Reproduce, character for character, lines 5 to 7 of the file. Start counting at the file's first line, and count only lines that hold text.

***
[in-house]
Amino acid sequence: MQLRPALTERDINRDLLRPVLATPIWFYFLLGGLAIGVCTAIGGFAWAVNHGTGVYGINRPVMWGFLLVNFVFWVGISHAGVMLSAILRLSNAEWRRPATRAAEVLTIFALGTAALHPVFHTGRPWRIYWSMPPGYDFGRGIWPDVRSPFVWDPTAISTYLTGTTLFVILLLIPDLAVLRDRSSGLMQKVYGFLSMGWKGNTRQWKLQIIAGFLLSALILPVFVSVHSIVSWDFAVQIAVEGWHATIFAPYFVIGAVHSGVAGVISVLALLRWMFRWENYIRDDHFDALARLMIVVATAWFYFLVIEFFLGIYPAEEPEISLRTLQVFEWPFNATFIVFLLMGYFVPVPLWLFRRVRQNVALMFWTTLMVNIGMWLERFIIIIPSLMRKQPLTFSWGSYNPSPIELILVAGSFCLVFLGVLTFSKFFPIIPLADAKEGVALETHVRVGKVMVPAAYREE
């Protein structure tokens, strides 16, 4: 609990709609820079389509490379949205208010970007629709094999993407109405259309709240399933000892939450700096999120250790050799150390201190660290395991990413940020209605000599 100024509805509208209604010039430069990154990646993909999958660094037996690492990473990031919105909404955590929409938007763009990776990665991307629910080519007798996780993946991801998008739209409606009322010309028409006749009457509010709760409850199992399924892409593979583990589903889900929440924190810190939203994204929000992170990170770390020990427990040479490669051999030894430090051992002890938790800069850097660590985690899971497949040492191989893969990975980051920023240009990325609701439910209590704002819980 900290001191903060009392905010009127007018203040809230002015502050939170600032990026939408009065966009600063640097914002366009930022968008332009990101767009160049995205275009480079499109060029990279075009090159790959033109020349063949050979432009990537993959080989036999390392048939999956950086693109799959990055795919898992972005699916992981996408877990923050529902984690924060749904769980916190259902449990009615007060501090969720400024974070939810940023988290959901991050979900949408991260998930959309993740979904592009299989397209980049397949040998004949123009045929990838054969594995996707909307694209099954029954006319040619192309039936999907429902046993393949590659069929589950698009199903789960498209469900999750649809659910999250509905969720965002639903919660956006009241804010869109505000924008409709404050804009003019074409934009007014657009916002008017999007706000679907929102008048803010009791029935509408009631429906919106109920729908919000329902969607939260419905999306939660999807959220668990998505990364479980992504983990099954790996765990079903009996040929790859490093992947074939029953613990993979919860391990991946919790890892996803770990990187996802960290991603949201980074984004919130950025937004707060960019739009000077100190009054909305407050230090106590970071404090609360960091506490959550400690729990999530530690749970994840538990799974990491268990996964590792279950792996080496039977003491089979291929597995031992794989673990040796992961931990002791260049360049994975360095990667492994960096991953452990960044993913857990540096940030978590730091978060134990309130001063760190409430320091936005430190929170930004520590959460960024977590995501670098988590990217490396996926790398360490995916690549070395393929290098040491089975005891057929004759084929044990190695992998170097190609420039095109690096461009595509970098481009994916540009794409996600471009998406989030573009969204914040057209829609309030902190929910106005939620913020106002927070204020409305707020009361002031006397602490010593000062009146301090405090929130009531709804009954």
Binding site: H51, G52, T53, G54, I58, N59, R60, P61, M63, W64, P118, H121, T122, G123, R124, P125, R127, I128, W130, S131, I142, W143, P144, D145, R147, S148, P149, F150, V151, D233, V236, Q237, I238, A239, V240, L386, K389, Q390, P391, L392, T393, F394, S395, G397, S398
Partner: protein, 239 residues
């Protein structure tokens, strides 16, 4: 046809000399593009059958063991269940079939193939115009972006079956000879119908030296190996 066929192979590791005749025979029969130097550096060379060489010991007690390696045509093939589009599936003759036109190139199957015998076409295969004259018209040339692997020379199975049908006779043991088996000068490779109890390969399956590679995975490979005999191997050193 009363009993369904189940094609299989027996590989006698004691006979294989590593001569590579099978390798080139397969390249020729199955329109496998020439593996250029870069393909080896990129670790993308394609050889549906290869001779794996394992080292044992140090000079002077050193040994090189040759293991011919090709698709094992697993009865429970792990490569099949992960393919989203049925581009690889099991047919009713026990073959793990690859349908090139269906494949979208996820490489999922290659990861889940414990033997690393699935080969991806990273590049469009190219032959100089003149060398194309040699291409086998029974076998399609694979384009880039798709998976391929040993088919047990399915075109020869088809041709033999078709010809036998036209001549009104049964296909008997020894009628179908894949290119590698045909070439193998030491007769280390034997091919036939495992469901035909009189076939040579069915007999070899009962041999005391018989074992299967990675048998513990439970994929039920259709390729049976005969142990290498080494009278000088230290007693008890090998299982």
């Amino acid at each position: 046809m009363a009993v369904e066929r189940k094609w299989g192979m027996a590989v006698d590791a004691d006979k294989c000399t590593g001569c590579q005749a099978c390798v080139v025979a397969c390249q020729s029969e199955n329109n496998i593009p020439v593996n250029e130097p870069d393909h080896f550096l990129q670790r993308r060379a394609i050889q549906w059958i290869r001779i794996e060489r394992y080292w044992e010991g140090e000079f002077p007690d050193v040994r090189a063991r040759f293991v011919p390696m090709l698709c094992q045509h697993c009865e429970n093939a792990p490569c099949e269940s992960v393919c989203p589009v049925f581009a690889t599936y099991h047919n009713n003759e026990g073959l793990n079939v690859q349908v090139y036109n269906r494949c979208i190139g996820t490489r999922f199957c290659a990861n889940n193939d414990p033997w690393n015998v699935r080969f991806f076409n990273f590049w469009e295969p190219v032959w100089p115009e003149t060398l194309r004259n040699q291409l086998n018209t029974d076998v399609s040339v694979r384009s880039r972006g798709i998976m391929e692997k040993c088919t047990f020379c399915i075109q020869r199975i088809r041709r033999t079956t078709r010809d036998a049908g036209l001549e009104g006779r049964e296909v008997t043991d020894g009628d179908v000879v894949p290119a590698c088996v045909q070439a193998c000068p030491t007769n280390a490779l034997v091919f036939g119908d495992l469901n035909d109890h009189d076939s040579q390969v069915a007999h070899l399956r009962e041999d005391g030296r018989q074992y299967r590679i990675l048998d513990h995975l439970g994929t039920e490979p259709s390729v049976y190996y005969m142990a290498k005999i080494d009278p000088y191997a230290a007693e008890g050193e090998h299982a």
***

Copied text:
Partner: protein, 239 residues
């Protein structure tokens, strides 16, 4: 046809000399593009059958063991269940079939193939115009972006079956000879119908030296190996 066929192979590791005749025979029969130097550096060379060489010991007690390696045509093939589009599936003759036109190139199957015998076409295969004259018209040339692997020379199975049908006779043991088996000068490779109890390969399956590679995975490979005999191997050193 009363009993369904189940094609299989027996590989006698004691006979294989590593001569590579099978390798080139397969390249020729199955329109496998020439593996250029870069393909080896990129670790993308394609050889549906290869001779794996394992080292044992140090000079002077050193040994090189040759293991011919090709698709094992697993009865429970792990490569099949992960393919989203049925581009690889099991047919009713026990073959793990690859349908090139269906494949979208996820490489999922290659990861889940414990033997690393699935080969991806990273590049469009190219032959100089003149060398194309040699291409086998029974076998399609694979384009880039798709998976391929040993088919047990399915075109020869088809041709033999078709010809036998036209001549009104049964296909008997020894009628179908894949290119590698045909070439193998030491007769280390034997091919036939495992469901035909009189076939040579069915007999070899009962041999005391018989074992299967990675048998513990439970994929039920259709390729049976005969142990290498080494009278000088230290007693008890090998299982």
């Amino acid at each position: 046809m009363a009993v369904e066929r189940k094609w299989g192979m027996a590989v006698d590791a004691d006979k294989c000399t590593g001569c590579q005749a099978c390798v080139v025979a397969c390249q020729s029969e199955n329109n496998i593009p020439v593996n250029e130097p870069d393909h080896f550096l990129q670790r993308r060379a394609i050889q549906w059958i290869r001779i794996e060489r394992y080292w044992e010991g140090e000079f002077p007690d050193v040994r090189a063991r040759f293991v011919p390696m090709l698709c094992q045509h697993c009865e429970n093939a792990p490569c099949e269940s992960v393919c989203p589009v049925f581009a690889t599936y099991h047919n009713n003759e026990g073959l793990n079939v690859q349908v090139y036109n269906r494949c979208i190139g996820t490489r999922f199957c290659a990861n889940n193939d414990p033997w690393n015998v699935r080969f991806f076409n990273f590049w469009e295969p190219v032959w100089p115009e003149t060398l194309r004259n040699q291409l086998n018209t029974d076998v399609s040339v694979r384009s880039r972006g798709i998976m391929e692997k040993c088919t047990f020379c399915i075109q020869r199975i088809r041709r033999t079956t078709r010809d036998a049908g036209l001549e009104g006779r049964e296909v008997t043991d020894g009628d179908v000879v894949p290119a590698c088996v045909q070439a193998c000068p030491t007769n280390a490779l034997v091919f036939g119908d495992l469901n035909d109890h009189d076939s040579q390969v069915a007999h070899l399956r009962e041999d005391g030296r018989q074992y299967r590679i990675l048998d513990h995975l439970g994929t039920e490979p259709s390729v049976y190996y005969m142990a290498k005999i080494d009278p000088y191997a230290a007693e008890g050193e090998h299982a």